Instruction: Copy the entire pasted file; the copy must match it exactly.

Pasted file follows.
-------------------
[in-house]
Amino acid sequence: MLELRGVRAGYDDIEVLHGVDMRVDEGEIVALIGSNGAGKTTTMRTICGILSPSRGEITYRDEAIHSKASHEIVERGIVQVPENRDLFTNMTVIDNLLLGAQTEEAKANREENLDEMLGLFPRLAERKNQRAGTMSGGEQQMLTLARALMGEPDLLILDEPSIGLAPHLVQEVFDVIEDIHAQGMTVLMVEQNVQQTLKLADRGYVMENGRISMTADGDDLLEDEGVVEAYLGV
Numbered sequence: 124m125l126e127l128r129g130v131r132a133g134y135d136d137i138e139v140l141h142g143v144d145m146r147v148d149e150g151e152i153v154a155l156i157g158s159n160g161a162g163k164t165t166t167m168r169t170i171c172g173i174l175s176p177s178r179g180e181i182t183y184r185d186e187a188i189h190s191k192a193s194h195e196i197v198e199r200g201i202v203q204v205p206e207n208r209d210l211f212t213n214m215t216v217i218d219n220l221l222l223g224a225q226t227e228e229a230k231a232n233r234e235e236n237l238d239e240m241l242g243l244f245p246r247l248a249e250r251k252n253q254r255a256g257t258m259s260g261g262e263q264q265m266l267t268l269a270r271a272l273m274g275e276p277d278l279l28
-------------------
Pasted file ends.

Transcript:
[in-house]
Amino acid sequence: MLELRGVRAGYDDIEVLHGVDMRVDEGEIVALIGSNGAGKTTTMRTICGILSPSRGEITYRDEAIHSKASHEIVERGIVQVPENRDLFTNMTVIDNLLLGAQTEEAKANREENLDEMLGLFPRLAERKNQRAGTMSGGEQQMLTLARALMGEPDLLILDEPSIGLAPHLVQEVFDVIEDIHAQGMTVLMVEQNVQQTLKLADRGYVMENGRISMTADGDDLLEDEGVVEAYLGV
Numbered sequence: 124m125l126e127l128r129g130v131r132a133g134y135d136d137i138e139v140l141h142g143v144d145m146r147v148d149e150g151e152i153v154a155l156i157g158s159n160g161a162g163k164t165t166t167m168r169t170i171c172g173i174l175s176p177s178r179g180e181i182t183y184r185d186e187a188i189h190s191k192a193s194h195e196i197v198e199r200g201i202v203q204v205p206e207n208r209d210l211f212t213n214m215t216v217i218d219n220l221l222l223g224a225q226t227e228e229a230k231a232n233r234e235e236n237l238d239e240m241l242g243l244f245p246r247l248a249e250r251k252n253q254r255a256g257t258m259s260g261g262e263q264q265m266l267t268l269a270r271a272l273m274g275e276p277d278l279l28